Trump taunts Iran on 40th anniversary of Islamic Revolution

Blanche Robertson
February 12, 2019

Today marks the fortieth anniversary of the Islamic Revolution in Iran - the year-plus struggle, ending in February 1979, that resulted in the ouster of the Shah and the ascendance of a zealous Islamist theocracy that has ever since been in a perpetual state of cold war with the broader West.

Iranian President Hassan Rouhani told Iranians who had gathered in Tehran's Azadi (Freedom) Square they should resist a "conspiracy" involving Washington.

He said that while Iran will continue to have "constructive engagement" with the worldwide community, it will not ask for permission to produce any type of missile it wants.

Life-size replicas of Iranian-made cruise and ballistic missiles stood in a statement of defiance after the USA previous year reimposed sanctions following its withdrawal from a deal on Tehran's nuclear programme.

Stalls set up by state institutions handed out tea and cakes and choirs sang revolutionary songs, as crowds massed despite driving rain.

Iranians took part in a mass rally in the capital, Tehran to mark the 40th anniversary of the 1979 Islamic Revolution.

Over the past decade, Iran has frequently test-fired and displayed missiles, sent several short-lived satellites into orbit and in 2013 launched a monkey into space.

In a report coinciding with the celebrations, Reporters Without Borders (RSF) said that 61,900 political prisoners had been held in Iran since the 1980s. Some demonstrators shouted "Death to Israel, Death to America" - sayings often repeated at the time of the revolution.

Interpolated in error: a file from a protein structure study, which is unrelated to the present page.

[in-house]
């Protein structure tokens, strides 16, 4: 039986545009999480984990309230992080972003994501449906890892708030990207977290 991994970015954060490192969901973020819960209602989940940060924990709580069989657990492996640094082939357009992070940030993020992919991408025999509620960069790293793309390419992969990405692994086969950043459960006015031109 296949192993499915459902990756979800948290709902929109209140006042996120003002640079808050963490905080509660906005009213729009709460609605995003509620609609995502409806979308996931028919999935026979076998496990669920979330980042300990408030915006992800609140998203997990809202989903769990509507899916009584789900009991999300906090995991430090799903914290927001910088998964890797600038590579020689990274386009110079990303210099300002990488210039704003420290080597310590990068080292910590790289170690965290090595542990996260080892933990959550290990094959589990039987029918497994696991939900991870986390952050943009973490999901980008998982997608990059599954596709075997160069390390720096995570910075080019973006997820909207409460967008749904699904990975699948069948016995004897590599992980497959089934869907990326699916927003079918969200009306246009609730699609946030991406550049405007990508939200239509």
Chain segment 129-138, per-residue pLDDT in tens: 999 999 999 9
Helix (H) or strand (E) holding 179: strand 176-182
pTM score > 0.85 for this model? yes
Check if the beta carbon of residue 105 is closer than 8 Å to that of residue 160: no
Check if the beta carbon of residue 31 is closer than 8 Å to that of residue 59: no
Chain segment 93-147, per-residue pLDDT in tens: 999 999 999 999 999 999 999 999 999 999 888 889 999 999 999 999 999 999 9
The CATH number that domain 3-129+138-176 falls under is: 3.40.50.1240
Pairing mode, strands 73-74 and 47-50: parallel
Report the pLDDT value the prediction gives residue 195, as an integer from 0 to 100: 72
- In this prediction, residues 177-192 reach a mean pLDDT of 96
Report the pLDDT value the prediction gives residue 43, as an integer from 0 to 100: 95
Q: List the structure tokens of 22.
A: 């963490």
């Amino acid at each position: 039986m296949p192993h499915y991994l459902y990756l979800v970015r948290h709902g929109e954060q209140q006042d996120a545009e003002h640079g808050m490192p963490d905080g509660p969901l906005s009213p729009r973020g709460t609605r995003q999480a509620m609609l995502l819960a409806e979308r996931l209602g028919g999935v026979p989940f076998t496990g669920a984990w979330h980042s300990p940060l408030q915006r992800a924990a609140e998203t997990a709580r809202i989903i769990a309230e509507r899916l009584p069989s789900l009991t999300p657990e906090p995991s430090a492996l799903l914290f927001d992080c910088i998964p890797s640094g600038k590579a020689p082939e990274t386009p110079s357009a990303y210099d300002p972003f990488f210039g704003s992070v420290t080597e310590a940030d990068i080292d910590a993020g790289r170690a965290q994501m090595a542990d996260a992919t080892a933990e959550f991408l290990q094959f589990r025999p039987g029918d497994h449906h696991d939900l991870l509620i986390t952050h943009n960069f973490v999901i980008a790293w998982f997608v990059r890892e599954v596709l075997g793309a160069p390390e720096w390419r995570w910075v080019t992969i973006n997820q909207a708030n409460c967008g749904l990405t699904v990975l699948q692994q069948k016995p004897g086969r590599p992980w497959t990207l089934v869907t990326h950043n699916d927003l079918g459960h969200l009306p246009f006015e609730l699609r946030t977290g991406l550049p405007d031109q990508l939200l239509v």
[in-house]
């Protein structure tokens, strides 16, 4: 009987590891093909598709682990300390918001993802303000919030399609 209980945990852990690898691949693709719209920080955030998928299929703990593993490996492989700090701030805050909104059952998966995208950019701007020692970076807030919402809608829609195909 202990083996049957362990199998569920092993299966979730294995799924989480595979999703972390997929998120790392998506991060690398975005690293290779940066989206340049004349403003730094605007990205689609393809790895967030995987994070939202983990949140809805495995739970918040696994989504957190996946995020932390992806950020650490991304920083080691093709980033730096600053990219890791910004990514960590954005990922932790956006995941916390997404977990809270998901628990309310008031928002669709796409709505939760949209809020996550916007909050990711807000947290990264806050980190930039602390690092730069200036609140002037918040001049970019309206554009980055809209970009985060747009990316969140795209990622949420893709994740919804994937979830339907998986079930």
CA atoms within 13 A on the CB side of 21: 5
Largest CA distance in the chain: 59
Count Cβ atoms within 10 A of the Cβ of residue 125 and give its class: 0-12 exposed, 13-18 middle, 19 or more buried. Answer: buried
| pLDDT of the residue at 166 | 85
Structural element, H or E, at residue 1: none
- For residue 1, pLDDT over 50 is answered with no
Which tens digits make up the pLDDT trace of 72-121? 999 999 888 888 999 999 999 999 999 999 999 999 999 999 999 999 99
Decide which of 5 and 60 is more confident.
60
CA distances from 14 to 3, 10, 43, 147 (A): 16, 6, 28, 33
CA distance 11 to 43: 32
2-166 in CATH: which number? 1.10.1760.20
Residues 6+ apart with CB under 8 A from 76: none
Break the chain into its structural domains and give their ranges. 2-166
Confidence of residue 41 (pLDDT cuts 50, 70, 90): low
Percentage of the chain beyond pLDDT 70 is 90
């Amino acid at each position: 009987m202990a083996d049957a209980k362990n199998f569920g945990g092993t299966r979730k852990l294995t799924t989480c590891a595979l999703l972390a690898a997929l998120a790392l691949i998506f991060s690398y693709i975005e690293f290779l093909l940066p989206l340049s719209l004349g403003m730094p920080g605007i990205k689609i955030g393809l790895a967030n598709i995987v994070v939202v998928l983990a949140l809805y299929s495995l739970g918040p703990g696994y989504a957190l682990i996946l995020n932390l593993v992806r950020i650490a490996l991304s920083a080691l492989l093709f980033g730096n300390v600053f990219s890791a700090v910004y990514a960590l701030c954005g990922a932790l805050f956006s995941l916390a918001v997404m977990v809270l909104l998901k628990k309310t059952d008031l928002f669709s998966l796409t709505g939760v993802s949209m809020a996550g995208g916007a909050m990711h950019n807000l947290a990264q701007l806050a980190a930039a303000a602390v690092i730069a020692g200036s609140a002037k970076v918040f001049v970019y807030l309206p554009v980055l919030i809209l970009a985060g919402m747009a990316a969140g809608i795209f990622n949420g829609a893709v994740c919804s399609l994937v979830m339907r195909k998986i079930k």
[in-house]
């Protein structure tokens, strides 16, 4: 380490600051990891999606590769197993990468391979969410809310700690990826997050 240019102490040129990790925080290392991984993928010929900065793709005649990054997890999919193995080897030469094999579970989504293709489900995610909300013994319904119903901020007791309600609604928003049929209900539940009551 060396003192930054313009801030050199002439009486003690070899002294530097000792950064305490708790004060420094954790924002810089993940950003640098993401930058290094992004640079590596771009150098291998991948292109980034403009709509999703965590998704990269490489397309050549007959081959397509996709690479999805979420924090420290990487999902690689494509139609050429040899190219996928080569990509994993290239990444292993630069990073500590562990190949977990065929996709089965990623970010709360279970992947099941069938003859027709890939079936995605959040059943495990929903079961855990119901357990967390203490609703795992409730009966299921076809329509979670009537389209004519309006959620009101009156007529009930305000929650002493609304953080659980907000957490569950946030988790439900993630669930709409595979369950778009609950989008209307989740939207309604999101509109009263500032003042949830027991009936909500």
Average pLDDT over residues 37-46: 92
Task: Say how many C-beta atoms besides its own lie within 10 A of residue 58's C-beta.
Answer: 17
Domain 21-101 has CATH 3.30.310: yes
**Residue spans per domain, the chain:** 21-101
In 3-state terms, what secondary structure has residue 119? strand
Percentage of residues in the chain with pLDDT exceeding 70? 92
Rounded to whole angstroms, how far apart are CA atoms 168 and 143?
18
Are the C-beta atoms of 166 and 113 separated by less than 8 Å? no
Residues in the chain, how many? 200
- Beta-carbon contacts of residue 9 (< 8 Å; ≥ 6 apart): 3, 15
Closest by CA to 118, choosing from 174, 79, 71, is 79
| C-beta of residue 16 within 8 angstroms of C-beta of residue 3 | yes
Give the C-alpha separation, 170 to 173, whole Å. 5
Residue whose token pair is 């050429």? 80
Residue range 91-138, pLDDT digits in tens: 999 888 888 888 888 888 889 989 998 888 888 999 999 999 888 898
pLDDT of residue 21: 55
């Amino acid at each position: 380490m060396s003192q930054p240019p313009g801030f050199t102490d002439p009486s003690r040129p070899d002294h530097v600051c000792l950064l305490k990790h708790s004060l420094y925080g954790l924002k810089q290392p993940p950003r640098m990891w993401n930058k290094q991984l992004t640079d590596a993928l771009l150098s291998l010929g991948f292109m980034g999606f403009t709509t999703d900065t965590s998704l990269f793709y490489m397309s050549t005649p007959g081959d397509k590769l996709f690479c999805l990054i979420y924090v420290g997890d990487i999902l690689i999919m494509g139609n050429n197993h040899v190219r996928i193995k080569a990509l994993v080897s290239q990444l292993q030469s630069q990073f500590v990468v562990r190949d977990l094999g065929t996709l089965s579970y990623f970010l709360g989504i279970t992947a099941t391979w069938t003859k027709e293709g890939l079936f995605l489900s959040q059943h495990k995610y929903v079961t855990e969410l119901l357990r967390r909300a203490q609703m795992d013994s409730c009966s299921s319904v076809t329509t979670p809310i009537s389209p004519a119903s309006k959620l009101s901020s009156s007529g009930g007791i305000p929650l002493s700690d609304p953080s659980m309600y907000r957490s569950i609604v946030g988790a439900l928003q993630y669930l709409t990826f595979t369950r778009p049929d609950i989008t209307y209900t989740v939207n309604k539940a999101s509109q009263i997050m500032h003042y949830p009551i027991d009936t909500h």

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The Blue Devils shot 61.9 percent from the three-point line. "It was really kind of neat to see the kids step up that way". Two teams split the first-place votes and seven different conferences are represented in the top 10 of the AP poll.

The large turnout in state-sponsored rallies, in which USA and Israeli flags were burned, came as Iranians face mounting economic hardships many blame on the country's clerical leaders. "It has been moving forward over the past 40 years and making Iran stronger". Iranian people have and will have some economic difficulties but we will overcome the problems by helping each other, ' Rouhani said.

Elsewhere, the head of the elite Quds Force of Iran's powerful Revolutionary Guard, Gen. Qassem Soleimani, attended the rally in the southern city of Kerman.

"At the revolution's 40 anniversary we are on top of scientific achievements like nanotechnology or accurate missiles", he said.

An anchor on state television warned of hostile foreign media trying to downsize the participation of Iranians in the march but expressed confidence that "they would be confounded by the unprecedented level of attendance".

He compared the USA sanctions and economic hardships to "riding a bicycle when someone puts a stick in the wheels" but pointed to advances in other fields as more than making up for them.

Extensive fireworks displays were held across Tehran on Sunday night, timed to coincide with the demonstrations.

Soldiers, students, clerics and black-clad women holding small children flocked to the streets of cities and towns, many carrying portraits of Khomeini and Iran's current supreme leader, Ayatollah Ali Khamenei.

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